Safety Tips When Camping and Hiking

Hiking/Camping Safety Tips

Never approach wild animals. They may look cute and harmless, but they are very unpredictable and can be very territorial and protective. Always be alert and aware of your surroundings. In most cases, the animals are more afraid of us and will run away. Do not attempt to feed wild animals. Most injuries occur when people try to feed them. Keep your food safely stored away or hang it from a tree. Do not keep food in your tent.

Look out for snakes, spiders and other critters. Watch where you are walking, be careful when picking up sticks or rocks and look around before taking a seat. Again, snakes are usually more afraid of us, but if they feel threatened or if you make sudden movements they may strike. Stay calm and slowly move away from them.

Other insects such as bees, ants, ticks, mosquitoes, flies etc. should not be taken lightly. Not only can they be annoying but they can cause quite a bit of pain and discomfort. Many people have severe allergic reactions to their bites and need to carry necessary medical supplies or seek medical attention. Again, be aware of your surroundings.

Wear sunscreen and sunglasses. You can get sunburn in a very short period of time even on overcast days. Protect your eyes from the strong ultraviolet rays of the sun and reduce glare from off the water or off the snow. Sunburn can ruin any vacation.

Never hike alone; always go with a friend. Tell someone else of your plans. Always take plenty of water, snacks, matches and a flashlight. Don’t forget your compass and trail maps. Be aware of the weather. Although the point of the hike may be to escape the rigors of everyday life, bring your cellphone (turn it off, it you prefer). Better to have and not need …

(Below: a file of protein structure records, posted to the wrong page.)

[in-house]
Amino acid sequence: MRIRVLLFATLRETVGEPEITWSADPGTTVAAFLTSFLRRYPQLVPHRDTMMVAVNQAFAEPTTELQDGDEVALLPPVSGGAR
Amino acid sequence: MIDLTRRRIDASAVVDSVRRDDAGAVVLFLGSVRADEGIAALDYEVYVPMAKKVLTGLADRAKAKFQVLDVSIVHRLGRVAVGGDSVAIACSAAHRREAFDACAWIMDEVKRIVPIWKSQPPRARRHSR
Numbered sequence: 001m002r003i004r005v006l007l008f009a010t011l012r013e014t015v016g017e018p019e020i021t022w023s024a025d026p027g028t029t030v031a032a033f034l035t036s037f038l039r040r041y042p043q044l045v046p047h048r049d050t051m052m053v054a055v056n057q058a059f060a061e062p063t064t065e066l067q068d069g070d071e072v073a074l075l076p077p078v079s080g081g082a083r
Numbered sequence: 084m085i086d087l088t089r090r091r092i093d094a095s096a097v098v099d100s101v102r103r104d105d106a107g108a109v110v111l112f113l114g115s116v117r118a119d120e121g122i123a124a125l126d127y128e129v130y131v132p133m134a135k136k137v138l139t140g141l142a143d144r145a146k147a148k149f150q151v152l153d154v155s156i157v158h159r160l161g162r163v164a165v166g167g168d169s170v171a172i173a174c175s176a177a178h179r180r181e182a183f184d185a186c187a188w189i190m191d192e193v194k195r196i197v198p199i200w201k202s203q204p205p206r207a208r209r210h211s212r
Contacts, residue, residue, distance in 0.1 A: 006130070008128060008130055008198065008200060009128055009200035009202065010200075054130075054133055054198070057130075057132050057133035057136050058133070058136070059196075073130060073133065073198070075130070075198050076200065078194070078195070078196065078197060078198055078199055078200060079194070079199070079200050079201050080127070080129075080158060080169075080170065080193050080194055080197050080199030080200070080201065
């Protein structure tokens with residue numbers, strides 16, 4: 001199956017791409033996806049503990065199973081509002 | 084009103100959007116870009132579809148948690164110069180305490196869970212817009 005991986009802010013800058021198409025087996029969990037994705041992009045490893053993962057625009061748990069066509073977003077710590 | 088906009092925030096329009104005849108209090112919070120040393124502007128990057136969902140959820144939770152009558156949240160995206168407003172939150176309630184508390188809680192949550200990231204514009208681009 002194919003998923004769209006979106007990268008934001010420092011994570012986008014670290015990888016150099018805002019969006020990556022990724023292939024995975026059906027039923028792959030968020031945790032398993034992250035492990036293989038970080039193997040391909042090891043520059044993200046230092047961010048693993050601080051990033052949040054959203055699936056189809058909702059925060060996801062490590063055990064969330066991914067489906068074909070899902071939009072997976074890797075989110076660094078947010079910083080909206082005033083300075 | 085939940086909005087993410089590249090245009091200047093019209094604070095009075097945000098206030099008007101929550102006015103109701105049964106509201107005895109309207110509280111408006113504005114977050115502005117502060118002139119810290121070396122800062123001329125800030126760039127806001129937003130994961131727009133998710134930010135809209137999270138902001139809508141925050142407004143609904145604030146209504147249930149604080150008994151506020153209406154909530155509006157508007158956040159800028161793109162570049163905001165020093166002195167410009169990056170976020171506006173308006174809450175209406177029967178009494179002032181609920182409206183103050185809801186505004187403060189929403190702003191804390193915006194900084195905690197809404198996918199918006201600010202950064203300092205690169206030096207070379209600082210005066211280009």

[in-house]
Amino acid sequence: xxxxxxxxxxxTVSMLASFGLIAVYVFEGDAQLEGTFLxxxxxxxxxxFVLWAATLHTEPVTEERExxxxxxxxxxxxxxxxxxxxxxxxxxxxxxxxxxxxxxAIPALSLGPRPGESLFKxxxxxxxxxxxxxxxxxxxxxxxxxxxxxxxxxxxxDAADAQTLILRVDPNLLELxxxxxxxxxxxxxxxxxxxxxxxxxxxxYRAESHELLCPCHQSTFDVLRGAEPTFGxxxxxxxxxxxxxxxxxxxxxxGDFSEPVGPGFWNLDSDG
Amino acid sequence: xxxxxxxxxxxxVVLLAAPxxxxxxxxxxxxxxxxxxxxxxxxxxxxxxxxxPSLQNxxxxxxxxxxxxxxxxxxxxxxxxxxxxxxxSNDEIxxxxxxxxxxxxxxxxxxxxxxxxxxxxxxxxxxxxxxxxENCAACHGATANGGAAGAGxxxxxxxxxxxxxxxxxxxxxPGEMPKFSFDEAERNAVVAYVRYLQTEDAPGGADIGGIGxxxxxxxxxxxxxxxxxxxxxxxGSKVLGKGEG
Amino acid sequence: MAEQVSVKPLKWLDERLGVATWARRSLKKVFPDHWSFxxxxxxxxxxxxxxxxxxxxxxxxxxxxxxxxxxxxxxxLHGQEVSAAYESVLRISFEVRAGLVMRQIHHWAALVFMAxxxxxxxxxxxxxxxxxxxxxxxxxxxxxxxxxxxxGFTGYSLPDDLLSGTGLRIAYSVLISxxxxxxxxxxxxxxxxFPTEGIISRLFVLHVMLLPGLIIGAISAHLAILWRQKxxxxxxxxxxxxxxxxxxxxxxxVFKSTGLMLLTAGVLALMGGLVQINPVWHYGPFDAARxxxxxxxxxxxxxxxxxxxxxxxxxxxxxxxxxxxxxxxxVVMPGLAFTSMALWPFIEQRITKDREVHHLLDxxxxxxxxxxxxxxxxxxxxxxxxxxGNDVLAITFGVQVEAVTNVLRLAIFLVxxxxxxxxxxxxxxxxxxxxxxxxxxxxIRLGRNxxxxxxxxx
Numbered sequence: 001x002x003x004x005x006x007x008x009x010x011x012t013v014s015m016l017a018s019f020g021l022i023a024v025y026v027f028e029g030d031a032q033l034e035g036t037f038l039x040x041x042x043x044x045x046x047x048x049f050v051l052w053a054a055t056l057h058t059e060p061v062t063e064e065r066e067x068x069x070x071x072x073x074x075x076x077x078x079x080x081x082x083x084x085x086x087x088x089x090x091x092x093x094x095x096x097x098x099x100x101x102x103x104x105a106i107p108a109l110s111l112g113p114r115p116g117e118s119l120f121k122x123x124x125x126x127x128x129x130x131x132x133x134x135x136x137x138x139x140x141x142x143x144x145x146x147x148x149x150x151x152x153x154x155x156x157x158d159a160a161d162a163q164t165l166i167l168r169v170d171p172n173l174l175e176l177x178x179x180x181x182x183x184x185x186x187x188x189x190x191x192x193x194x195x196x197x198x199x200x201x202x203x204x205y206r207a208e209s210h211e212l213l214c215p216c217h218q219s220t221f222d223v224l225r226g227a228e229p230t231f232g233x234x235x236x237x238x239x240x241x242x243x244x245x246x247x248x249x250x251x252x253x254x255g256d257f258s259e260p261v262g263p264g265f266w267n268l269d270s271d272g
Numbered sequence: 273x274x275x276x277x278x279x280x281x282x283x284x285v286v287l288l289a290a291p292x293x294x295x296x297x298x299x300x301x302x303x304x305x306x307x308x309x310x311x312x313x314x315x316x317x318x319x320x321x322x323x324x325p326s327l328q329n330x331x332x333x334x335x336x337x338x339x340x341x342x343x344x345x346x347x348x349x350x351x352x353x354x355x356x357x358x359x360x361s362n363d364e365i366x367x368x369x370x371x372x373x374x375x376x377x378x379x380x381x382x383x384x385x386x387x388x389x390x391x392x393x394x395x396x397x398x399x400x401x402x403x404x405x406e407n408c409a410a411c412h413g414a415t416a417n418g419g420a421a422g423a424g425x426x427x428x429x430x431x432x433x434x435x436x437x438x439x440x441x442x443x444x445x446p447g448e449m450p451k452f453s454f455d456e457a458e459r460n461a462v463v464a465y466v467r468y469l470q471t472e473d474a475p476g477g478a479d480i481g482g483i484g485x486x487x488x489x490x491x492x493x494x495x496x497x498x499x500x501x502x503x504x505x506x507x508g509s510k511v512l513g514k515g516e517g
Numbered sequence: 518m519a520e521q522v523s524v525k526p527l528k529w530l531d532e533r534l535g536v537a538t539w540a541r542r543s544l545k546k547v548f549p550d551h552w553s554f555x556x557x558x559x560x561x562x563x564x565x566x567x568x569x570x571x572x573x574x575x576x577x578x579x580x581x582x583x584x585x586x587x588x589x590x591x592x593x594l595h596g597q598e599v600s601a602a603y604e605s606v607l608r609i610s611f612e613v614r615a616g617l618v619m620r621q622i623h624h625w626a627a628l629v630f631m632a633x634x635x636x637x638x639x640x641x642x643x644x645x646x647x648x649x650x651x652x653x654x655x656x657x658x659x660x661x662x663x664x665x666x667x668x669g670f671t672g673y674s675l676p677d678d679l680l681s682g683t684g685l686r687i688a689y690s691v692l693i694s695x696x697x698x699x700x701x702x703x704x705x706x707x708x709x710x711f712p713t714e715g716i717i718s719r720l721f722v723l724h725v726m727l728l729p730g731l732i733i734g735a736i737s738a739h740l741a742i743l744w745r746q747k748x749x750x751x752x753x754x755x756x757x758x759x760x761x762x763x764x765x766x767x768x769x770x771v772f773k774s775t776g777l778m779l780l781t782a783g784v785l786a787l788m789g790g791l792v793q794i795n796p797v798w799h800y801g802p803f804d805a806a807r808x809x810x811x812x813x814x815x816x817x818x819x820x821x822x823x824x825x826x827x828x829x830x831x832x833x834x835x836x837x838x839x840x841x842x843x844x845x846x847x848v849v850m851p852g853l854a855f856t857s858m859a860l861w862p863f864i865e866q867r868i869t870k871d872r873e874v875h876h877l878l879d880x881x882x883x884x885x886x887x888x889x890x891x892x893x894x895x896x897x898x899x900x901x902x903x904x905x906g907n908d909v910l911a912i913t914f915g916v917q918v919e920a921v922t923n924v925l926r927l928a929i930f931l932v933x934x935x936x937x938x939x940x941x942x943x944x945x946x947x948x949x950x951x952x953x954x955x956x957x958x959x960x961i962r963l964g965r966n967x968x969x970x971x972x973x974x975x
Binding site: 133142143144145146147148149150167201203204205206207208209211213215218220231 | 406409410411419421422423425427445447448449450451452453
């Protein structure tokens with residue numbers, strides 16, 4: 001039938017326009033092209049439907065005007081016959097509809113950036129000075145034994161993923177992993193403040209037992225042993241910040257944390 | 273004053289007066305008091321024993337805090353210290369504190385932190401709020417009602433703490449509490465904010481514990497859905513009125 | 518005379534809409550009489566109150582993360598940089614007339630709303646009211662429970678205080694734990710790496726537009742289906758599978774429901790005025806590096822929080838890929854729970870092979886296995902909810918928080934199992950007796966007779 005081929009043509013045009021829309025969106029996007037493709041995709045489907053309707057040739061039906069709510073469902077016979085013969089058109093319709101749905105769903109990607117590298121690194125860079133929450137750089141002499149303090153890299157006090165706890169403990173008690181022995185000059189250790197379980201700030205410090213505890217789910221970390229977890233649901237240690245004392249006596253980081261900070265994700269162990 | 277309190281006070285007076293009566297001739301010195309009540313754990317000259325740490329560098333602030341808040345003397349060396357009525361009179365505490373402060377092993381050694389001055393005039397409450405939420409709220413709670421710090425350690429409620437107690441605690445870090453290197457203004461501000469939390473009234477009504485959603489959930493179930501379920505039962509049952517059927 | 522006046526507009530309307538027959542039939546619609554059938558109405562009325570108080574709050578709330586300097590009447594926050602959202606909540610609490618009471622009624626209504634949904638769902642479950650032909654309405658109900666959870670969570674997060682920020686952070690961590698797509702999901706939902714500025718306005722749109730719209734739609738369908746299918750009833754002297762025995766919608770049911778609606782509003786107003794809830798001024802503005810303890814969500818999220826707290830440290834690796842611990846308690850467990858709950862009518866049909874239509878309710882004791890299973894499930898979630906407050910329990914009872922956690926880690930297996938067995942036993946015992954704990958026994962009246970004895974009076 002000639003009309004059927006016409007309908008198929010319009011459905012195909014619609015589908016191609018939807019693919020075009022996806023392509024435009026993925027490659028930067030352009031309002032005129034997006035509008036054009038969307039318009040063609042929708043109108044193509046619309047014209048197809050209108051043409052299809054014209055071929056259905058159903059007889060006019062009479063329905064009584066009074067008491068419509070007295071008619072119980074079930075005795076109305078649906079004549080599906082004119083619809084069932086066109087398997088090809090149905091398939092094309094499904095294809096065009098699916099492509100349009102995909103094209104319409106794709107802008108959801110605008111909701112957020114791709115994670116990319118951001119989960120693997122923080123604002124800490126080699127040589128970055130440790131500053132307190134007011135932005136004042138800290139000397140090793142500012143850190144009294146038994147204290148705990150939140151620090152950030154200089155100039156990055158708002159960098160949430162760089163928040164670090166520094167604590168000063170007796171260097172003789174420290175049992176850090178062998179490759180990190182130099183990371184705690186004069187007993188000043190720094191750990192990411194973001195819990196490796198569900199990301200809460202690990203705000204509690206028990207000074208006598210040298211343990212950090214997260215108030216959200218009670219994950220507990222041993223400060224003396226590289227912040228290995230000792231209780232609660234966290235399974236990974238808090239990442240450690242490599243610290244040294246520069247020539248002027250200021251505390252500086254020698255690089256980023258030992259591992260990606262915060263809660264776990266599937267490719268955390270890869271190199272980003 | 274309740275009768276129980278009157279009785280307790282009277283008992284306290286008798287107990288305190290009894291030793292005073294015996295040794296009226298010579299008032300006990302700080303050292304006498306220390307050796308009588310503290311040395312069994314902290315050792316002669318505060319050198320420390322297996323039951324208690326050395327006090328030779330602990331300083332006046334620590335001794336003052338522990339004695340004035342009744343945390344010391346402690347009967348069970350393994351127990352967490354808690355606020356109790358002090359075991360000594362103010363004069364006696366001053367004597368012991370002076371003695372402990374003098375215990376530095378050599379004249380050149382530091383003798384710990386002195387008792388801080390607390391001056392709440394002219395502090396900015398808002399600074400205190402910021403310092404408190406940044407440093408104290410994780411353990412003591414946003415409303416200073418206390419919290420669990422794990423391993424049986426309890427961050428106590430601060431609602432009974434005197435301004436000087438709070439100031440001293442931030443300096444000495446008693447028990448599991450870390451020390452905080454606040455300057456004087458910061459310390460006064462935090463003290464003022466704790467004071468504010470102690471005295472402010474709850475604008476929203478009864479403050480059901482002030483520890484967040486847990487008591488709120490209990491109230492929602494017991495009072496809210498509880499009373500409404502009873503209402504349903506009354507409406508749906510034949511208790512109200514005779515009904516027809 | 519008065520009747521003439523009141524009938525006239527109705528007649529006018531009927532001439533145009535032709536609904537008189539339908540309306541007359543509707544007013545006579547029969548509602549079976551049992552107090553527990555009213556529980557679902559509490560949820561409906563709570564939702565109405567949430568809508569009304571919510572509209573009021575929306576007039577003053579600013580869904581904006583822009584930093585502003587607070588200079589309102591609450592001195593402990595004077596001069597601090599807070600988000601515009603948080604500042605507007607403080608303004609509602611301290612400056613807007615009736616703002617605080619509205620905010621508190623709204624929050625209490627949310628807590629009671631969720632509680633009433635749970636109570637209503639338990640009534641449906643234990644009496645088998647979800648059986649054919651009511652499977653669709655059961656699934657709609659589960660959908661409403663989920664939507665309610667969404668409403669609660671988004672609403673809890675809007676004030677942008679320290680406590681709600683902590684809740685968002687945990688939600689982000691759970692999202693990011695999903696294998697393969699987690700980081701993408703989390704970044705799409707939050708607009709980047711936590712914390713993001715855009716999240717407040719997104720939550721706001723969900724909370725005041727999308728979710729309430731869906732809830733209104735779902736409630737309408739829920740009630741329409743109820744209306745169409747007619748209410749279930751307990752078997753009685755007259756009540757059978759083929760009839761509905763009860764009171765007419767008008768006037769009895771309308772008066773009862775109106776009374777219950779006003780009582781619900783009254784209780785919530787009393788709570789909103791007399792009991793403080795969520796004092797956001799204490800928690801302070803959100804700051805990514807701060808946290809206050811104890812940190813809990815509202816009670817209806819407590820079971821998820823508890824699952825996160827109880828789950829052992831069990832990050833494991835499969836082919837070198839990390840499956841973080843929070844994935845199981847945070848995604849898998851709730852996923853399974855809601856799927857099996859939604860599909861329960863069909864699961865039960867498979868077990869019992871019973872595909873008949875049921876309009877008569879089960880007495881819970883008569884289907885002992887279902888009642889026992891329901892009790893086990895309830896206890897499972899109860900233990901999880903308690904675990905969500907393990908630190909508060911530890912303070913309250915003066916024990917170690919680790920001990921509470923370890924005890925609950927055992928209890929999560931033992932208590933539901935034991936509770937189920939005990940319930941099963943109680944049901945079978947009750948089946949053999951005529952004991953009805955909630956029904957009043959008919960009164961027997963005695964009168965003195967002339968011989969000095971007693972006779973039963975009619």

Be prepared with a water-purification system should you need to use a natural water resource.

Supervise your children. Instruct them to stay within your sight and don’t allow them to wander off. Give them each a whistle to wear around their neck to be used only in an emergency. Agree on a location to meet. Consider ID bracelets. Keep a picture of your children with you in case they get lost.

Be careful around water. Watch your step and don’t take chances. Watch your children closely. Everyone should know how to swim.

Pay attention to weather conditions, as they can change very quickly. Be prepared and act in anticipation of severe weather. In the winter, watch out for extended exposure to cold temperatures. Frostbite and hypothermia are very dangerous. Keep an eye on each other.

Be very careful with gas canisters. Keep upright at all times. Keep outside in well ventilated area. Check for leakage by putting soap liquid on all connections. Turn off when not in use. Never install or remove LP-gas cylinders while stove is lit, near flames, pilot lights, other ignition sources or while stove is hot to the touch.

Do not operate stove or store fuel containers around another heat source such as a campfire. Only operate the stove in open, well-ventilated areas. Never use the stove in a tent or a confined area.

Replenish your ice often. Keep your food cold at all times to avoid food spoilage and food poisoning.

Practice good fire safety. Clear area of all debris/avoid areas with overhanging branches. Construct a fire ring surrounded by rocks. Have a bucket of water, shovel and a fire extinguisher nearby and ready to put out a fire. NEVER build a fire near tents or other flammable items. NEVER use flammable fluids to start a fire. NEVER leave a fire unattended. Build a fire only as big as you need. Make sure to completely extinguish fire.

List courtesy of www.lovetheoutdoors.com